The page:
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How Nurses Can Advocate Patients

Patient Advocacy Definition

An advocate is a “person who supports or advances the interests of a cause or group”. Hence, patient advocacy is the act of “supporting” or “promoting” the interests of the patient.

All nurses, regardless of their specialty, are obliged to take care of their patients. In essence, this means that the nurse has a duty to protect the patient from harm, regardless of the cause of the harm. Nurses never tell patients what to do, but they take steps to protect the rights of those they care for.

Four Ways to Help Nurses to Advocate for Patients

  • Provide Information Through Education

How do you feel if you find out that you have a chronic illness that requires lifelong treatment? In addition, you now have to make a series of appointments with doctors, attend them, fight insurance restrictions, and acquire resources to help maintain good health. For most people, this type of situation can cause high levels of stress and anxiety. For this reason, one of the most effective methods nurses can advocate for patients is to provide training.

A nurse is walking information, specifically about medical knowledge, from information about medical conditions and treatment plans to successful handling of health care scenarios. The breadth and depth of data are magnificent. The more time caregivers take to share this information, the more confident they will be in managing their care. This will create the best possible success scenario.

  • Safeguard Their Rights

From each day’s visit that unfolds cheer to encouraging proper fitness choices, own circle of relatives and pals plays a crucial function in an affected person`s fitness journey. However, those relationships may be damaging if the member of the family or pal does now no longer appreciate the affected person’s proper to make their very own decisions. In conditions in which the dynamics are much less than positive, how can a nurse correctly advocate for patients?

One of the things nurses can do to safeguard a patient’s rights is to seek permission before discussing or providing care in front of family and friends. This simple approach allows patients to control who has access to their health information and decisions. Another way nurses safeguard a patient’s rights is to always (and gently) remind everyone that the facility has a legal obligation to respect the patient’s choices. This type of communication strengthens the patient and clarifies where the facility is.

  • Be in Touch with the Entire Healthcare Team

Of all the care providers on the nursing team, nurses interact most frequently and directly with patients. This means that nurses are in a unique position to notice the most subtle changes in a patient’s mood, behavior, and health. In addition, the frequency of interaction between the nurse and the patient creates some degree of familiarity, resulting in patients often finding comfortability to discuss their thoughts, concerns, and beliefs with their nurses.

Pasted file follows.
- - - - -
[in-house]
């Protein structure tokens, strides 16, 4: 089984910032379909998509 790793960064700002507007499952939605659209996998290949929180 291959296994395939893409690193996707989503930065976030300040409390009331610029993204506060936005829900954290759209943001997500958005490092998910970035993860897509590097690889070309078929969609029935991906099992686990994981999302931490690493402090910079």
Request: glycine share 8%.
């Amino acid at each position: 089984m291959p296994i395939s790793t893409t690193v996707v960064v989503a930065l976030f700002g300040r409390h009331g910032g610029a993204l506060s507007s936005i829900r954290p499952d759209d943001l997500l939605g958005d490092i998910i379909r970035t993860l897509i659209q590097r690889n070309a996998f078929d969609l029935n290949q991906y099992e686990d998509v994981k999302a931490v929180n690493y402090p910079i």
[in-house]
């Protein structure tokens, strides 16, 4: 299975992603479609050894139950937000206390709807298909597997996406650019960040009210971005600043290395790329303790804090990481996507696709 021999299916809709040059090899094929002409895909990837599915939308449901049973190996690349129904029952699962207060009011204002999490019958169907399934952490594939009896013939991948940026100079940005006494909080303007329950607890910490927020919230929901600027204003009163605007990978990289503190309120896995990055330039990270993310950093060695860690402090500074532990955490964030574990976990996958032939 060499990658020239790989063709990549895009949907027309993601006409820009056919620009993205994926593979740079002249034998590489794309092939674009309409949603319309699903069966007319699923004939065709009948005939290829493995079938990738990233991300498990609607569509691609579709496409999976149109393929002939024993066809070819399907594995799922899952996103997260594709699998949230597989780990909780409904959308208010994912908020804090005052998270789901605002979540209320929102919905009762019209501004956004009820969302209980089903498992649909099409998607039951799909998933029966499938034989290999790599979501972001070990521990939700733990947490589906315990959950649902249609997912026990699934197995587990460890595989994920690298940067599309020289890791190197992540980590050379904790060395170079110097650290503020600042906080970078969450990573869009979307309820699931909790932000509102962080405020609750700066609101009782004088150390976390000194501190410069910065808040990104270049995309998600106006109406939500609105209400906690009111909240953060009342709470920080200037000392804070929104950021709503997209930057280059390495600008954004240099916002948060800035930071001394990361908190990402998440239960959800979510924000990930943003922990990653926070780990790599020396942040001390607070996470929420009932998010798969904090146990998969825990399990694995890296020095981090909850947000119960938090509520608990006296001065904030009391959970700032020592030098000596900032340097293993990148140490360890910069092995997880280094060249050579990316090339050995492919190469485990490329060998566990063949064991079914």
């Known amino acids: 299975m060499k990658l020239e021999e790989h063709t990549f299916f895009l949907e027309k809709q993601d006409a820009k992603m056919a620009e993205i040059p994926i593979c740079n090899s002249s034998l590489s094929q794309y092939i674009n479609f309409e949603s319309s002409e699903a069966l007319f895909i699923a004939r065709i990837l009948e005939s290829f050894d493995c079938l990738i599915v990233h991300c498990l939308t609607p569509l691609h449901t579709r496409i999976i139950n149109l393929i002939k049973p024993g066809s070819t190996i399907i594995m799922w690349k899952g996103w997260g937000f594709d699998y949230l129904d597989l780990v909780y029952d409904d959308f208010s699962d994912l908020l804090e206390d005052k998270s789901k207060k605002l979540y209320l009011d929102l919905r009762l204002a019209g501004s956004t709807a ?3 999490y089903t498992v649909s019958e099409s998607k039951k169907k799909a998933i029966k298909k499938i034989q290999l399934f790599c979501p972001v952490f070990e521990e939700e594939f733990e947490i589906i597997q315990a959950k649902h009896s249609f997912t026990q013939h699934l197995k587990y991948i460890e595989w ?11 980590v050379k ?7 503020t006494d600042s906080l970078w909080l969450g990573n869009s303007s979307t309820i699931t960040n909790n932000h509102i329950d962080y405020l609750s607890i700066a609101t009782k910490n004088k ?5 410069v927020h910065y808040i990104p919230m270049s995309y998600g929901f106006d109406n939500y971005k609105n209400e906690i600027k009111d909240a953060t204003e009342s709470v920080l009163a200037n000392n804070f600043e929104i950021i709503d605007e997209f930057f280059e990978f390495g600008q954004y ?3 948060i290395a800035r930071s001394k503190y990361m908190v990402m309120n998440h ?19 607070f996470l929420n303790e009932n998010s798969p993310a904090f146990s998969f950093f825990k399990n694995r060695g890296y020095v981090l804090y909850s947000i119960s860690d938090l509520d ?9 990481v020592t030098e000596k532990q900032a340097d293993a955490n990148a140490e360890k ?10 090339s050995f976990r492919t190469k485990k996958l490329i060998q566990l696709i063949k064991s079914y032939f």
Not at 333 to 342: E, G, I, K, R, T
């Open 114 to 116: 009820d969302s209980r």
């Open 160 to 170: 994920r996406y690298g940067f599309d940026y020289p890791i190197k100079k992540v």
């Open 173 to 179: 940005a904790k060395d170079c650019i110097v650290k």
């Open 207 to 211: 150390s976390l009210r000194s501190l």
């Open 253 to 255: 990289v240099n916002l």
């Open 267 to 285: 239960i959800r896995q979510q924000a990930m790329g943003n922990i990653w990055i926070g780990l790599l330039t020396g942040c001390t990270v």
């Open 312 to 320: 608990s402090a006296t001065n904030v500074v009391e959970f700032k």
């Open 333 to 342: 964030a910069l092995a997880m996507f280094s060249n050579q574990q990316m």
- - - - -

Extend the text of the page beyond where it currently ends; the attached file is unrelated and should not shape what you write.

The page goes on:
To leverage this unique function to better advocate for the patients, nurses can take proactive function in disseminating applicable patient facts to the whole care team. For example, if a patient does have a resuscitation ban order, the nurse can ensure that this information is respectfully shared with all nurses of the patient. In addition, the nurse can gather information from her colleagues to gain more comprehensive insights into the patient’s progress. When it comes to health and healing, information is power.

  • Help Them to Learn to Advocate for Themselves

No one plays a more important role in providing patient care than the patient himself. From learning about a patient’s condition to proactively executing treatment options, patients have a great responsibility to achieve successful results. However, fear, anxiety, and shame can prevent the patient from moving in the right direction. How can nurses help patients overcome this fear?

Patients empowered to become self-reliant are unlikely to allow the feelings and emotions they pass through to block the path to healthcare. One-way nurses can teach patients to be self-reliant is to help them create a list of questions and concerns that they would like to discuss with their doctor (or specialist). This simple exercise teaches the patient to use all available resources, giving them a sense of self-confidence and control. As is often the case, the greatest impacts are from the littlest things.

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